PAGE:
[Tagging] metal-bladed windmills for water pumps

Mark Bradley ethnicfoodisgreat at gmail.com
Thu Jun 15 15:40:10 UTC 2017

> Message: 1
> Date: Tue, 13 Jun 2017 21:21:12 +0900
> From: John Willis <johnw at mac.com>
> To: "Tag discussion, strategy and related tools"
> 	<tagging at openstreetmap.org>
> Subject: Re: [Tagging] metal bladed windmills for water pumps
> Message-ID: <1F5C3E86-2B0E-4345-9378-DD3FDACF1F8C at mac.com>
> Content-Type: text/plain; charset="utf-8"
> Javbw
> > On Jun 13, 2017, at 8:13 PM, Warin <61sundowner at gmail.com> wrote:
> >
> > If you followed the history link I gave above you get They can be traced back to the
> year 644 in Persia. Bit before the industrial revolution.
> The idea of using a wind driven shaft with a cam and a rod and a leather sealing
> element in a bored well for getting water out of the ground is really old. But those
> "windmills", I will assume, look like traditional windmills because of the structure
> needed to hold all the big heavy Main (wooden/bamboo) fan shafts and a driving
> shaft, cam, etc needed would have to have a small building of some kind - the stresses
> needed to pump water and handle wind load for wooden things with no bearings or
> gearboxes is pretty large if it is a permanent structure. Perhaps the really old ones in
> China were temporary, until a typhoon destroyed them. If it is some permanent thing,
> It's gonna be a building. I purposefully defined the traditional windmill as "operating
> some machinery" in the base - a mill, a trip hammer, a cam pump - whatever it
> happens to be - it is a building.
> A windpump: Using a small (mass-produced metal) transmission in a box on a derrick
> which can only move a rod up and down about 6 inches is similar only in that there is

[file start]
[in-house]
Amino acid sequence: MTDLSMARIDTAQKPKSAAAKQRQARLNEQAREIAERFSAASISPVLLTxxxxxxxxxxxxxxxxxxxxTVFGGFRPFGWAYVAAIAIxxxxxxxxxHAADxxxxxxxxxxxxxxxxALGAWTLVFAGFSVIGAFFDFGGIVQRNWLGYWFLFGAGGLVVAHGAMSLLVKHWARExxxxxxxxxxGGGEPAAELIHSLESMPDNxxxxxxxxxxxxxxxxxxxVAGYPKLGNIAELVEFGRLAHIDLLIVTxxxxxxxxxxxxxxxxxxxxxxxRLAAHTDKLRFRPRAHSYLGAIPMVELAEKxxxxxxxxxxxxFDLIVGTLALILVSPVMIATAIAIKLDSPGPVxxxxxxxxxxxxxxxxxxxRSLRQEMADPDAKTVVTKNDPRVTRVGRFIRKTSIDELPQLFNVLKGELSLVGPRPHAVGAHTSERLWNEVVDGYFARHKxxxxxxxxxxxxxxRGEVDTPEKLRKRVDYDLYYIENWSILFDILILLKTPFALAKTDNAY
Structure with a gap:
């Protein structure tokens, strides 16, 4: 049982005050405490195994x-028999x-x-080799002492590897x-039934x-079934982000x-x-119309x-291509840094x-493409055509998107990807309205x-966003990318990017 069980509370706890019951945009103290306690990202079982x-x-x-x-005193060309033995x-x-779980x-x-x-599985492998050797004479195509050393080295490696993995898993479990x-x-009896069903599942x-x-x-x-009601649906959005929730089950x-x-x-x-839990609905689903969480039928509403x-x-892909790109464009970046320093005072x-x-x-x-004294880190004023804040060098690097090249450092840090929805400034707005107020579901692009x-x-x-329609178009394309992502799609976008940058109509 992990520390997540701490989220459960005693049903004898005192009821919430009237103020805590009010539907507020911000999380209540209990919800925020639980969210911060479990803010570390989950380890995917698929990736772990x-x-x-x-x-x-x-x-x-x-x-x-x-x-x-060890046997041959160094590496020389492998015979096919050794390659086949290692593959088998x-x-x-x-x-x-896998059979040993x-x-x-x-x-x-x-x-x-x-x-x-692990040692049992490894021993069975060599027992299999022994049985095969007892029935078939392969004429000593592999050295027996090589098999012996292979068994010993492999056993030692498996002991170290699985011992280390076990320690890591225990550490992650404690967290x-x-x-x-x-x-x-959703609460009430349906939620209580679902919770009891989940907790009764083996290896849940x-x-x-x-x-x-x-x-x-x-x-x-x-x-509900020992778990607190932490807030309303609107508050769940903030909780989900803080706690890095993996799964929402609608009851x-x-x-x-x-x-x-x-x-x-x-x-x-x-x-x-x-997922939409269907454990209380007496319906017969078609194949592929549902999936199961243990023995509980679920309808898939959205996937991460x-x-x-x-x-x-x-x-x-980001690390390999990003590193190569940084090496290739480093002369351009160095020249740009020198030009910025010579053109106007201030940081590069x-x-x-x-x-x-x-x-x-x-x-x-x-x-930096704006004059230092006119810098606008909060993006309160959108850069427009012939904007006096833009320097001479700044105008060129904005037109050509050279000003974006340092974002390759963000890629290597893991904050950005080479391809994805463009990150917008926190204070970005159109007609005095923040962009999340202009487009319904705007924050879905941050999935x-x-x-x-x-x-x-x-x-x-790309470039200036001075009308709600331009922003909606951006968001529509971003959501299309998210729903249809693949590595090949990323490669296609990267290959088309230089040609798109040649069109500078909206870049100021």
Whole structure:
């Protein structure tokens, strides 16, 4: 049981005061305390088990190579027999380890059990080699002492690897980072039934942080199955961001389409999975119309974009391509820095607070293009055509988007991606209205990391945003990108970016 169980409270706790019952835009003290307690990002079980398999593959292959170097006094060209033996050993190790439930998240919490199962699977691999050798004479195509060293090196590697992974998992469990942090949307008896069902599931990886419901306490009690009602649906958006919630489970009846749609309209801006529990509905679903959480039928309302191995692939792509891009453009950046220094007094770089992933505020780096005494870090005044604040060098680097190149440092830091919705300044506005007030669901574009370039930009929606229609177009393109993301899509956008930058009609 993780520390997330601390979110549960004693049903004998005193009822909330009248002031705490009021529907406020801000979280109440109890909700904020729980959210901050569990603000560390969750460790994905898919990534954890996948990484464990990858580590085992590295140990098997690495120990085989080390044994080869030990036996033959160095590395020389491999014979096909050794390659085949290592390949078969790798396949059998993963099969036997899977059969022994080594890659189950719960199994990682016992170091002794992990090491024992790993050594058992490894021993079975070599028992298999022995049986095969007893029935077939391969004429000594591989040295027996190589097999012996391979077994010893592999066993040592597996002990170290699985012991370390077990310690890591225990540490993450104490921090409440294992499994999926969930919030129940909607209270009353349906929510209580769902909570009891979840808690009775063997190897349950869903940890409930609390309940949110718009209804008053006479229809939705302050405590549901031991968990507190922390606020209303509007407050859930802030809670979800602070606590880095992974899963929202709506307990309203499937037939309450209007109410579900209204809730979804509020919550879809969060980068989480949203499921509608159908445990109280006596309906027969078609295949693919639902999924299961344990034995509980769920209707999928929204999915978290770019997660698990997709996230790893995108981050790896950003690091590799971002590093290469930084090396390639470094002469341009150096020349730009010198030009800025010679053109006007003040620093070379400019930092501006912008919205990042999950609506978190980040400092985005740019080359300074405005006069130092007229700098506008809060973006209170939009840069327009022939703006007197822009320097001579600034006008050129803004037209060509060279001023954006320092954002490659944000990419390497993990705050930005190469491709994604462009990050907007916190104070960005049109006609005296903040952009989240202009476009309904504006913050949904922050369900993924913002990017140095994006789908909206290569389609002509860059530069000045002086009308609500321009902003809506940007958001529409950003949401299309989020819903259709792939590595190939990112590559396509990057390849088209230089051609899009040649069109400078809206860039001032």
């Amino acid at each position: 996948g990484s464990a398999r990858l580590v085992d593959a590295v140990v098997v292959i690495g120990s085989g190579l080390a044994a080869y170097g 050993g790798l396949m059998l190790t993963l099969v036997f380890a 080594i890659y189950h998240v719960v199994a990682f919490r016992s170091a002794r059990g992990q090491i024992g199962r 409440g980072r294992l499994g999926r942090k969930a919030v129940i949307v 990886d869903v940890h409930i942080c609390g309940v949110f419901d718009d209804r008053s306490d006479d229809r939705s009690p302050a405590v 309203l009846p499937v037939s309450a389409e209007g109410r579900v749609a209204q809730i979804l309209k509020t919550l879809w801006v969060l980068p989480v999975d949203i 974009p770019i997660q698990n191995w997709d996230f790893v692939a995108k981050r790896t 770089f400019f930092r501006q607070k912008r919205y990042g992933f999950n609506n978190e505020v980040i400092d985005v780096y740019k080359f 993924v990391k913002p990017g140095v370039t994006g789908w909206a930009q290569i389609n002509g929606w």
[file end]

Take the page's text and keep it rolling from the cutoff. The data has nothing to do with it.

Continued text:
> a fan disc - the building isn't present, the entire mechanism is in an outdoor gearbox,
> and the whole thing spins on the derrick because the gearbox is about the size of a
> suitcase on metal stilts. It can follow the wind because it has a tail (vane) that is the
> size of a car hood.
> The only thing of great significance is the gearbox the size of a suitcase. The rest a
> bits of metal angle-iron and sheet metal.
> A windpump can trace it's heritage back to the mechanism inside that pumped water
> a 1400 years ago - but so can all of those big permanent holland windmills - this is
> more about the structures - big buildings vs a box on a derrick - and a name to
> separate them.
> They are all generally called windmills - my father calls his "windpump" a windmill - in
> the same way a person calls train cars "cars" when they are power cars, or MPU cars,
> or some other name - but it is a easy way for people "in the know" to differentiate
> them.
> Javbw

There are many old windpumps in the Midwestern part of the United States.  Built in the 1800's and 1900's, most are now broken down and no longer used.  Some have been restored and are left standing for aesthetic purposes.  (In one of the earlier posts in this thread someone referenced a picture of one of them, but I have since deleted that post.)  Like Javbw's father, I believe most people in the Midwestern US would call them "windmills" and not "windpumps."  I would like to point out that many (most?) of them were created for pumping natural gas out of the ground, not water.  They were mapped on the USGS topographic maps.  You will see them symbolized with a small hollow circle, with the label "Gas well."



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